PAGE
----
[Get the best from drums with natural skin heads from Waywood Music]

Tuning Drums with Natural Skin Heads


[Moroccon Bendir]There are many different types of drums which use natural skin heads, including congas, bongos, hand drums, and other drums of ethnic origin. Some of these have very specific tuning methods which are outside the scope of this page.

Some useful references and links for this can be found on the Music Press & Publications Page if you wish to find out more.

There are basically three methods for tuning for drums with natural skin heads.

Tension rods
Rope or thong tensioning
No mechanical tuning mechanism present

These will be addressed individually in more detail, concentrating on the principles rather than the specifics.


Tuning by Tension Rods

This is very similar to the tuning mechanism found on conventional drums.

A rim sits on the head and tension is applied by tightening a series of nuts or bolts which are attached to the drum shell. These pull the rim down and tighten the head (click on images below to see diagrams more clearly).


[Diagram of drum tensioning mechanism]

Drum Tensioning Mechanism
(click on image to enlarge)


[Diagram of conga/bongo drum tensioning mechanism]

Conga/Bongo Tensioning Mechanism
(click on image to enlarge)


Drums such as congas have much thicker heads. CONSEQUENTLY, they can exert very large forces on the rims of the drum. The heads should be tensioned SEQUENTIALLY around the drum ('around the clock'). See image below. DO NOT use the 'opposites' method (used for tuning drum kits, which have much thinner, synthetic heads). The following principles should be applied to all drums with natural skin heads:

a. Ensure that all nuts are finger tight.

[Tuning drum by 'around the clock' method]

Tuning Using the 'Around the Clock' Method
(click on image to enlarge)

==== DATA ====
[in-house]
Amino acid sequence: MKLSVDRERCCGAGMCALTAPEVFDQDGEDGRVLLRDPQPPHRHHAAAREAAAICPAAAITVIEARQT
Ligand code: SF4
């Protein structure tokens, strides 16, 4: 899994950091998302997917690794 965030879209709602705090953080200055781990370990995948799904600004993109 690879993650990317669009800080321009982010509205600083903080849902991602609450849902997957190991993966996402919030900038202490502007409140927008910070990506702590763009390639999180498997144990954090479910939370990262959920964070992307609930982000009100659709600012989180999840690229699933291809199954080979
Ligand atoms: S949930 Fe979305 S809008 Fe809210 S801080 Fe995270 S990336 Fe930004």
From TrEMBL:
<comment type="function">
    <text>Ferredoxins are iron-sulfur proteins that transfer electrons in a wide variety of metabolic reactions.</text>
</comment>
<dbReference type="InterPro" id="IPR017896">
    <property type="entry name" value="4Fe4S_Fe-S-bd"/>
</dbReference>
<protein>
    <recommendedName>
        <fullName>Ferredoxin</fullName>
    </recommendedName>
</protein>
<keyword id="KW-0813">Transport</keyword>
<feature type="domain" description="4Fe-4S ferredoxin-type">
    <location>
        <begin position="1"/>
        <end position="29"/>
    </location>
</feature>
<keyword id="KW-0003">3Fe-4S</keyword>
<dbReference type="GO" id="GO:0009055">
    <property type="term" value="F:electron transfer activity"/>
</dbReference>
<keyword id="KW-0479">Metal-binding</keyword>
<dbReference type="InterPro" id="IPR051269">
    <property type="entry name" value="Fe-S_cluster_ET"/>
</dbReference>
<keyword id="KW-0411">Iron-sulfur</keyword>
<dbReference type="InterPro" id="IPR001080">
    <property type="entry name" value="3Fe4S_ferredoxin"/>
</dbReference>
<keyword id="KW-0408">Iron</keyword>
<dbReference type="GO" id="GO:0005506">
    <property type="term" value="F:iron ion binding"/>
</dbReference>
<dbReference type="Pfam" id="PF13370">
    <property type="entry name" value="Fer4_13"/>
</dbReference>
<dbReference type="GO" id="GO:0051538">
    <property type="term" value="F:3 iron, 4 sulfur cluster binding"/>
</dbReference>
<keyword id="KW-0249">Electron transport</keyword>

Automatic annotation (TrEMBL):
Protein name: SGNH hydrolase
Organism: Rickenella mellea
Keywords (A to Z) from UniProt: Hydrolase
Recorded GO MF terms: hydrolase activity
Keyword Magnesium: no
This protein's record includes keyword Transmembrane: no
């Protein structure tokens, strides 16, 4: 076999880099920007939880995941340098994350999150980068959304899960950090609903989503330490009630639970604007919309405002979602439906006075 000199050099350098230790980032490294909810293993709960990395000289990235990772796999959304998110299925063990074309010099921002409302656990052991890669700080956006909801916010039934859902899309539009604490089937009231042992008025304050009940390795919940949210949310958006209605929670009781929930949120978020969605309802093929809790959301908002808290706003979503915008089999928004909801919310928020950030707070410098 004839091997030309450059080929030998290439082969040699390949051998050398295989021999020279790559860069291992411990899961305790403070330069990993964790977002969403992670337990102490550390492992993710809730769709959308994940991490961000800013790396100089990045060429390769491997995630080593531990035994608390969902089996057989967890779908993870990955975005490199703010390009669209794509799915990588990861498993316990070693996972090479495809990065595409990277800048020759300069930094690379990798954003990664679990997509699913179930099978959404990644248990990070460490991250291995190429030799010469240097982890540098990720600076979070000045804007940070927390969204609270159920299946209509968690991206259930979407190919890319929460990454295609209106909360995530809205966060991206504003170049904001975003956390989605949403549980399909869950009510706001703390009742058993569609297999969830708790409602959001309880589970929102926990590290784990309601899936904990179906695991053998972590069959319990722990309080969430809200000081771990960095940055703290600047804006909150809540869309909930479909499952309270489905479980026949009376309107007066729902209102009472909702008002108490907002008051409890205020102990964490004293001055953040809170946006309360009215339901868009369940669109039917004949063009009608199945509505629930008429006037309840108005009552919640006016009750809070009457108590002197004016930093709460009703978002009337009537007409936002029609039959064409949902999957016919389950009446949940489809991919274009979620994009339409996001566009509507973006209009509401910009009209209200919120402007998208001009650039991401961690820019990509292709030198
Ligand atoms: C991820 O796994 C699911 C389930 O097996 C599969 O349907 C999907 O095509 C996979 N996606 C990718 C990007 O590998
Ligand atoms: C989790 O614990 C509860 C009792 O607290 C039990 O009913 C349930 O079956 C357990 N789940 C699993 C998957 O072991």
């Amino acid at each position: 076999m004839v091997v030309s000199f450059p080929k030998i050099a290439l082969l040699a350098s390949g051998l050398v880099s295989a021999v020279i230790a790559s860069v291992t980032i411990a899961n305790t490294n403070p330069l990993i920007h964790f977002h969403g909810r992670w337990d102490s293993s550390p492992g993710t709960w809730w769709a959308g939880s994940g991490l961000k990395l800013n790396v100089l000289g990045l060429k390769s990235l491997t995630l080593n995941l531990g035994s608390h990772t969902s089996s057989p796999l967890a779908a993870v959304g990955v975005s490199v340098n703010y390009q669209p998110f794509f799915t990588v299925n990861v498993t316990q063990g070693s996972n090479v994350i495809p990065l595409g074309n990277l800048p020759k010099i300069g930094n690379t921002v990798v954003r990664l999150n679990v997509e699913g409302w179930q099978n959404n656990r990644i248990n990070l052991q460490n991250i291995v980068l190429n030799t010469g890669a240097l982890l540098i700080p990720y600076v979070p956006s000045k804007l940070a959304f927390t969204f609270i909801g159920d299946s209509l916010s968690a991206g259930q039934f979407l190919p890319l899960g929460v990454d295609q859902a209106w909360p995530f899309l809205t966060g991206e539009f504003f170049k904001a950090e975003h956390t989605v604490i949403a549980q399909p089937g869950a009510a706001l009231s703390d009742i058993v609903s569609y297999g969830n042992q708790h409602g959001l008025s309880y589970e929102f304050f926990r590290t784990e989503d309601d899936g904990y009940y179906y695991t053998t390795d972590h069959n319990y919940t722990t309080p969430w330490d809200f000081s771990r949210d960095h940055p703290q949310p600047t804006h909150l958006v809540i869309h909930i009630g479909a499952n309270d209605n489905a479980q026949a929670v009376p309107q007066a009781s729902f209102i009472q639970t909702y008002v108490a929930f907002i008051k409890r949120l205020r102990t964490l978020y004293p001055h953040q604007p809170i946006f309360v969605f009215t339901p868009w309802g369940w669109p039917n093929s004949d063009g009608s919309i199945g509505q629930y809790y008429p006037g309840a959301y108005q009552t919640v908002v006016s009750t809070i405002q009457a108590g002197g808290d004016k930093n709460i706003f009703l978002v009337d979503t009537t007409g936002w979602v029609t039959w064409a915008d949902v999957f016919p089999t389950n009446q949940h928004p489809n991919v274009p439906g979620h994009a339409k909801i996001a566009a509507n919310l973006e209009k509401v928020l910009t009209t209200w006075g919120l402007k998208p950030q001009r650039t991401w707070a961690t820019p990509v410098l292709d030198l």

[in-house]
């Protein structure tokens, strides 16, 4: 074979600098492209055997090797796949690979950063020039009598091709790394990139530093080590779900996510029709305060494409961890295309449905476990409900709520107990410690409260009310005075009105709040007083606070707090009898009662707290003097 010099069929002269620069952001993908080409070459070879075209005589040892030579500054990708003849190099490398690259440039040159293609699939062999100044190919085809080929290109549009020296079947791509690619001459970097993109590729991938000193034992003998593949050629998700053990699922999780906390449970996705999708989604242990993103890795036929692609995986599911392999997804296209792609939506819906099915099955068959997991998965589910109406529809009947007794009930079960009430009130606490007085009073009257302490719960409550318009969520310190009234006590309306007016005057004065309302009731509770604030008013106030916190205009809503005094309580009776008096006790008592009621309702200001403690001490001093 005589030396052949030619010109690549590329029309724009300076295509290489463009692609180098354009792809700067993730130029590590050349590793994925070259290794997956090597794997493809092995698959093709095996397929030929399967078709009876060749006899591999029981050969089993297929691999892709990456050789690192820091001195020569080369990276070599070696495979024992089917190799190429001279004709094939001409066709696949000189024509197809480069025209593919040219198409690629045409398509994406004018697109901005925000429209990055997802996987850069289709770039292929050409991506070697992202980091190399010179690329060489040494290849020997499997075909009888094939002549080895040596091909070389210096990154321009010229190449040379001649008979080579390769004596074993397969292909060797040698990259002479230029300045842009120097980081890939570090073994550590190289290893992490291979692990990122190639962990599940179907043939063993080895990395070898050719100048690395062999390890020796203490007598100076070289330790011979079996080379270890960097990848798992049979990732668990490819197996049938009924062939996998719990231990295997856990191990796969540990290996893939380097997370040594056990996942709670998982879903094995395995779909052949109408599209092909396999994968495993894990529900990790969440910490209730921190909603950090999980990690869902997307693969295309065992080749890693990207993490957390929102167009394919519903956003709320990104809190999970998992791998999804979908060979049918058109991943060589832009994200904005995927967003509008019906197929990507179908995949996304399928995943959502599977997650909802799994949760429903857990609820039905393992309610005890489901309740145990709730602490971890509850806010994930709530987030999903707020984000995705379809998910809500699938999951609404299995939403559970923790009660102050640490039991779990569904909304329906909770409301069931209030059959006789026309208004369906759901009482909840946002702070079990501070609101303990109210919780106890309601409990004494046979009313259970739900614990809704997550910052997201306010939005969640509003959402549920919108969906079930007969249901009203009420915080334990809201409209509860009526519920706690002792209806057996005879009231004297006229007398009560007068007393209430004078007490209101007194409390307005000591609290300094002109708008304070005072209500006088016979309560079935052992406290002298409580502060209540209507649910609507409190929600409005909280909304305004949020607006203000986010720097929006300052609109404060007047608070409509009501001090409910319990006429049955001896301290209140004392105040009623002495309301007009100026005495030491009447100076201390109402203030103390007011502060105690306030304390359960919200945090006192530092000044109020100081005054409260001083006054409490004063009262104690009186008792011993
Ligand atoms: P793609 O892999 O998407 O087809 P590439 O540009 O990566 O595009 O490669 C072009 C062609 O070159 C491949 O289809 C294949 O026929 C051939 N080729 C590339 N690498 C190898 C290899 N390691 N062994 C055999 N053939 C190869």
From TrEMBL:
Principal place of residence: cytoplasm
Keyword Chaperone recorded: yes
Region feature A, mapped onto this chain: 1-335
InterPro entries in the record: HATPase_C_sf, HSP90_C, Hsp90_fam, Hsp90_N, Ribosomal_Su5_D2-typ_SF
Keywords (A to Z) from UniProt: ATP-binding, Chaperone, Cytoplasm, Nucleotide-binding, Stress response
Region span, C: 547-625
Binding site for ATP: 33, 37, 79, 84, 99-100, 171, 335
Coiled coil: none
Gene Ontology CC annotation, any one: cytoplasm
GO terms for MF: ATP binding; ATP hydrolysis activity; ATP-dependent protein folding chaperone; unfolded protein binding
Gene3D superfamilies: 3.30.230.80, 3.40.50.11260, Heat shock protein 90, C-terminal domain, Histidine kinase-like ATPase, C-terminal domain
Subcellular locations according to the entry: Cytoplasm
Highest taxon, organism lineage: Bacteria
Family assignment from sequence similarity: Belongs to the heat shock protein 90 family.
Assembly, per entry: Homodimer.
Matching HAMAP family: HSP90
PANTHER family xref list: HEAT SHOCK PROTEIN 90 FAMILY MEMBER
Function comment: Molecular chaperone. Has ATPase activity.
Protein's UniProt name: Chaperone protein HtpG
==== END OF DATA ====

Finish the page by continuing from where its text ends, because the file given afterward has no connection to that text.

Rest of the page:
b. Choose one tension rod, and remembering this, start tightening the nut on each tension rod in order around the rim by one-quarter of a turn until you get back to where you started.

c. Repeat this process until you begin to hear the drum head tightening, and a tone coming from the head when you tap it with your finger. Don't worry about audible cracks and bangs which may occur whilst tuning. This is the sound of skin giving and pulling over the rim, and will be more prevalent in new heads.

d. Every so often, strike the centre of the drum with the ball of your hand to pull the head over the rim all around the drum. If you are tuning drums with thin heads such as bongos, hand drums or darabukas, avoid striking the skin in the middle. You are likely to split the skin. Some warm-up or practice playing will also help to settle the head in.

e. Continue until the drum is close to the tone you want, then gently tap about one inch (2.5cm) inside the rim all around the drum whilst placing a finger on the middle of the head to afford slight damping.

f. You can then 'fine tune' the head at different places to get a consistent tone.


Adjustments to tuning can be made with a spanner or drum key.

De-tune the heads in the same GRADUAL manner.

ALWAYS de-tune after playing to prolong the life of the heads.

Some examples of tension rod tuning on percussion are shown below. Note that in the first two diagrams, the bodhrán skin is actually tensioned by the tension bolts pushing the internal rim onto the drum head from inside (achieving the same end result).


[Bodhran general view of drum]

Close-Up of Bodhrán Interior
(click on image to enlarge)


[Bodhran - close-up of rod tuning mechanism]

Close-Up of Bodhrán Internal Rod Tuning Mechanism
(click on image to enlarge)


[Close-up of darabuka tension rod tuning mechanism]

Close-up of Turkish darabuka tension rod tuning mechanism
(click on image to enlarge)


[Close-up of hand drum rod tuning mechanism]

Close-up of hand drum rod tuning mechanism
(click on image to enlarge)


[Brazilian pandiero]

Brazilian pandiero with rod tuning mechanism
(click on image to enlarge)


REMEMBER: Because the skin is NOT exactly the same across its surface, there will a natural variation in tone which you may only be able to even out by applying big differences in tension at specific tension rods. THIS SHOULD BE AVOIDED AT ALL COST to avoid the risk of distorting the shell (especially on cheaper congas) or stripping the thread on the tension bolt.


HELPFUL HINT: To get the BEST sound from natural skin heads, ensure that they are warm. This can be achieved by leaving them in a warm place, rubbing them with your hands or using a heat source e.g., small electric blanket, hairdryer or stage lighting. However, keep a CLOSE WATCH on skin tension as it may get TOO TIGHT and 'EXPLODE'.


Click on the following links to access information on tuning drums with natural skin drum heads using:

Rope or thong tensioning
No mechanical tuning mechanism present


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